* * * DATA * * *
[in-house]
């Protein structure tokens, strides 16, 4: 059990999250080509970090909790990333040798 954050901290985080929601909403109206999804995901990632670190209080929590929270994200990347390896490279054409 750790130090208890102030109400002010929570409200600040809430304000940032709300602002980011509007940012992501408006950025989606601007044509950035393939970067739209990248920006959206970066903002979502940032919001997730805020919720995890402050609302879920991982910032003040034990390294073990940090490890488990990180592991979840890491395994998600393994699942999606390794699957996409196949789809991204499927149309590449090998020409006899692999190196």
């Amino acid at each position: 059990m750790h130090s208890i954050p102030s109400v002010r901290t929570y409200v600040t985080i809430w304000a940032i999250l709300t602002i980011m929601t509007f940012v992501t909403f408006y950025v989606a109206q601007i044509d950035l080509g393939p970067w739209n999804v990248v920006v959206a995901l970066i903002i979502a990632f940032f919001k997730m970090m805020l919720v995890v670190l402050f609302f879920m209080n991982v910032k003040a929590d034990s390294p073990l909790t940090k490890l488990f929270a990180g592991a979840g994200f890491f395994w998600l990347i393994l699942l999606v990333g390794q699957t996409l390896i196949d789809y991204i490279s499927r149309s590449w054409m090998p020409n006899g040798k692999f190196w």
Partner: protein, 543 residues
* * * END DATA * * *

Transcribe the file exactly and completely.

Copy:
[in-house]
């Protein structure tokens, strides 16, 4: 059990999250080509970090909790990333040798 954050901290985080929601909403109206999804995901990632670190209080929590929270994200990347390896490279054409 750790130090208890102030109400002010929570409200600040809430304000940032709300602002980011509007940012992501408006950025989606601007044509950035393939970067739209990248920006959206970066903002979502940032919001997730805020919720995890402050609302879920991982910032003040034990390294073990940090490890488990990180592991979840890491395994998600393994699942999606390794699957996409196949789809991204499927149309590449090998020409006899692999190196």
């Amino acid at each position: 059990m750790h130090s208890i954050p102030s109400v002010r901290t929570y409200v600040t985080i809430w304000a940032i999250l709300t602002i980011m929601t509007f940012v992501t909403f408006y950025v989606a109206q601007i044509d950035l080509g393939p970067w739209n999804v990248v920006v959206a995901l970066i903002i979502a990632f940032f919001k997730m970090m805020l919720v995890v670190l402050f609302f879920m209080n991982v910032k003040a929590d034990s390294p073990l909790t940090k490890l488990f929270a990180g592991a979840g994200f890491f395994w998600l990347i393994l699942l999606v990333g390794q699957t996409l390896i196949d789809y991204i490279s499927r149309s590449w054409m090998p020409n006899g040798k692999f190196w």
Partner: protein, 543 residues